But the Obama administration said it had to keep all that information secret or risk “exceptionally grave damage to national security.”

DOJ lawyers said they would oppose allowing Klayman or anyone else “access to classified information.”

The DOJ is asking Leon to halt proceeding while there are appeals of his ruling that the government likely is violating Fourth Amendment.

The government apparently doesn’t want to release any information, even if that’s the case.

“Even if the mere collection of information about plaintiffs’ communications constitutes a Fourth Amendment search … conclusively resolving the reasonableness of that search ultimately could risk or require disclosure of exceptionally sensitive and classified intelligence information regarding the nature and scope of the international terrorist threat to the United States, and the role that the NSA’s intelligence-gathering activities have played in meeting that threat,” government attorneys warn.

Josh Gerstein at Politico noted: “Klayman’s past litigation has been known for being as impactful and sometimes more impactful in the discovery phase, where lawyers demand documents and conduct depositions, as in its ultimate outcome. So, the government’s desire to head that process off for now, and perhaps entirely, is understandable.”

WND reported just days ago that several states are working on plans to resist the NSA operations, strategizing on ways to make the information unusable even if the NSA collects it.

According to the Tenth Amendment Center, lawmakers in Missouri are proposing to amend their state constitution. Their plan would add “and electronic communications and data” to the provision that provides privacy and security for residents.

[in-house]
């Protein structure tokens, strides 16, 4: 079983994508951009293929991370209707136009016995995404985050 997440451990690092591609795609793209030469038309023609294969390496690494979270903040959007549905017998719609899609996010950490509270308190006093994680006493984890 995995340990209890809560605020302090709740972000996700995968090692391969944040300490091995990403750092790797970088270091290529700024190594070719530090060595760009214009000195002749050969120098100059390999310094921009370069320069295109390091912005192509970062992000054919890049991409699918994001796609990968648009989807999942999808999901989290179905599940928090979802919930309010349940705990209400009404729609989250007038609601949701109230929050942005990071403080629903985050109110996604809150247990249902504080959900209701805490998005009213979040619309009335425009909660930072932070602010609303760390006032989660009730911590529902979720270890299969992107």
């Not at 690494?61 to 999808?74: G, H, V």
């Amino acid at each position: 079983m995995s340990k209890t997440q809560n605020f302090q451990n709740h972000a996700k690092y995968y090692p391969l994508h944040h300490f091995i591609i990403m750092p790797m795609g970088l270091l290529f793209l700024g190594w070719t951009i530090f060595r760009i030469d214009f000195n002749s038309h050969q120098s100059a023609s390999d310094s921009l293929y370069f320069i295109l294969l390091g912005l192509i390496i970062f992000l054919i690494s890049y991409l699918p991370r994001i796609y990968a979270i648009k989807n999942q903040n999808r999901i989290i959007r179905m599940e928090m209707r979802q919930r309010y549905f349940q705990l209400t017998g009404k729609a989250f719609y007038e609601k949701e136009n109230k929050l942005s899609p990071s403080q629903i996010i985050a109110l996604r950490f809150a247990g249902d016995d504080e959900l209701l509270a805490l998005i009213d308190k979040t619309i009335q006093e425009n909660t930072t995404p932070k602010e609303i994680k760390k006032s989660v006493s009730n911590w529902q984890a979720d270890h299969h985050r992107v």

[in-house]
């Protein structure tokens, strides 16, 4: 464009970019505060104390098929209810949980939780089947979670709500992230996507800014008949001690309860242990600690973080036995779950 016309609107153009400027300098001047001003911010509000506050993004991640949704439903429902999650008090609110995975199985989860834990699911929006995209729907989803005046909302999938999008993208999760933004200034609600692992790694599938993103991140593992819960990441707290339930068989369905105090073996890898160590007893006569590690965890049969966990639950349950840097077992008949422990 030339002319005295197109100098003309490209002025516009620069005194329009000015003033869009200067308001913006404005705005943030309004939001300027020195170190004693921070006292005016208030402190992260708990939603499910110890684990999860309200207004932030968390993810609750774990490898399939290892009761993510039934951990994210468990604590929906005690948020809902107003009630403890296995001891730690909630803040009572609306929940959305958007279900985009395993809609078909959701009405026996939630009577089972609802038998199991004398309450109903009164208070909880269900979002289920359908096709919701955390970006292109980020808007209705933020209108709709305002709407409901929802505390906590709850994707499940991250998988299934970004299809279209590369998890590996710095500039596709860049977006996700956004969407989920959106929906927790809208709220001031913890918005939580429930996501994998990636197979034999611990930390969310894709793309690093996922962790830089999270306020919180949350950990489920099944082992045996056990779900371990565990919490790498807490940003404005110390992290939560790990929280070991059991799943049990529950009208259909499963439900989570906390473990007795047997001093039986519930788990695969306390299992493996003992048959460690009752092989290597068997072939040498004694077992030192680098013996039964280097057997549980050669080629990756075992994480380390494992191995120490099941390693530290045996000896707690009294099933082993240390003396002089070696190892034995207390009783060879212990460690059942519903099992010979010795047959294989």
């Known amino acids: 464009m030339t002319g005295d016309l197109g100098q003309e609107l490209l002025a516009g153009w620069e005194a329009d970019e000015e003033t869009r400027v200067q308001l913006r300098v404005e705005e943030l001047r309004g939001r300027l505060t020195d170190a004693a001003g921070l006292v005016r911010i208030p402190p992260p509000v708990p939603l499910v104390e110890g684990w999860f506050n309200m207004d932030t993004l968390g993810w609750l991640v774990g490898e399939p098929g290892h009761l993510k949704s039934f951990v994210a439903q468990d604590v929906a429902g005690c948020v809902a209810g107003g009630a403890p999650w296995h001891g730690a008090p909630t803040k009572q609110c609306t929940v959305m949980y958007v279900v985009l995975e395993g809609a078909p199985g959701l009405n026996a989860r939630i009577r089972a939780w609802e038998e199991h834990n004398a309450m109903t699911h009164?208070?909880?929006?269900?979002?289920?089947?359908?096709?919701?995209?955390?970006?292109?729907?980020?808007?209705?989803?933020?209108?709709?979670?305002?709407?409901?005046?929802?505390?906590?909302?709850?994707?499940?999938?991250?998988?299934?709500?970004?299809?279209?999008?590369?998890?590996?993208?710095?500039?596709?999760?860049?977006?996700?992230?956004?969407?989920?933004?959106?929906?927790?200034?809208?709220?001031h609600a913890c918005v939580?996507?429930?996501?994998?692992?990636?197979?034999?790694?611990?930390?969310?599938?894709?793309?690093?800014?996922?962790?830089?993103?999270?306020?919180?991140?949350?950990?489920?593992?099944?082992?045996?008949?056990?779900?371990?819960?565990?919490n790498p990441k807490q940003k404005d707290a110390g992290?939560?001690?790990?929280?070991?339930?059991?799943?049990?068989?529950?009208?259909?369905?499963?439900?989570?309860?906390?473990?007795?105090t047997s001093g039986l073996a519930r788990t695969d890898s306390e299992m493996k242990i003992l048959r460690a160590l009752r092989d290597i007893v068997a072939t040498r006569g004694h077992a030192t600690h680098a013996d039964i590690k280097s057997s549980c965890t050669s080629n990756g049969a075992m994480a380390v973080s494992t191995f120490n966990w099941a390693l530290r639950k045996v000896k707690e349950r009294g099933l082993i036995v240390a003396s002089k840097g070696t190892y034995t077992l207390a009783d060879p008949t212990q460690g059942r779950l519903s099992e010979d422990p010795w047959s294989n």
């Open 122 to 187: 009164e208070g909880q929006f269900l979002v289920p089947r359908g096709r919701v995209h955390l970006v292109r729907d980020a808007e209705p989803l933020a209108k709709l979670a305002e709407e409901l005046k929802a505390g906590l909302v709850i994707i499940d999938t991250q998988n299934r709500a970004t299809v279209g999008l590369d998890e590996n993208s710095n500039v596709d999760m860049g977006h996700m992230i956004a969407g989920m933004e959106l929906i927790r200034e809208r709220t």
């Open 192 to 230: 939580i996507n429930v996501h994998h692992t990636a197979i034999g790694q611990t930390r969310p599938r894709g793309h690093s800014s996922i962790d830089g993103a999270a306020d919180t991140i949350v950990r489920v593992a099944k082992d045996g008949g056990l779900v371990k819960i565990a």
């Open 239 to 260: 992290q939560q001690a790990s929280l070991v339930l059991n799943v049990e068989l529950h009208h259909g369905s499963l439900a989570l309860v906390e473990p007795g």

If changed by voters, it would read: “That the people shall be secure in their persons, papers, homes [and], effects, and electronic communications and data, from unreasonable searches and seizures; and no warrant to search any place, or seize any person or thing, or access electronic data or communication, shall issue without describing the place to be searched, or the person or thing to be seized, or the data or communication to be accessed, as nearly as may be; nor without probable cause, supported by written oath or affirmation.”

The Joint Resolution, pending before the state Senate, proposes allowing Missouri voters to decide next November whether or not to amend their constitution.

According to the Tenth Amendment Center, federal judges and lawyers may squabble over the constitutionality of the NSA data-gathering, but lawmakers could make it impossible for any information obtained to be used in those states.

In Kansas, Rep. Brett Hildabrand, R-Shawnee, prefiled a bill that would “ban all state agencies and local governments in the state from possessing data ‘held by a third-party in a system of record’ and would prohibit any such information from being ‘subject to discovery, subpoena or other means of legal compulsion for its release to any person or entity or be admissible in evidence in any judicial or administrative proceeding.’”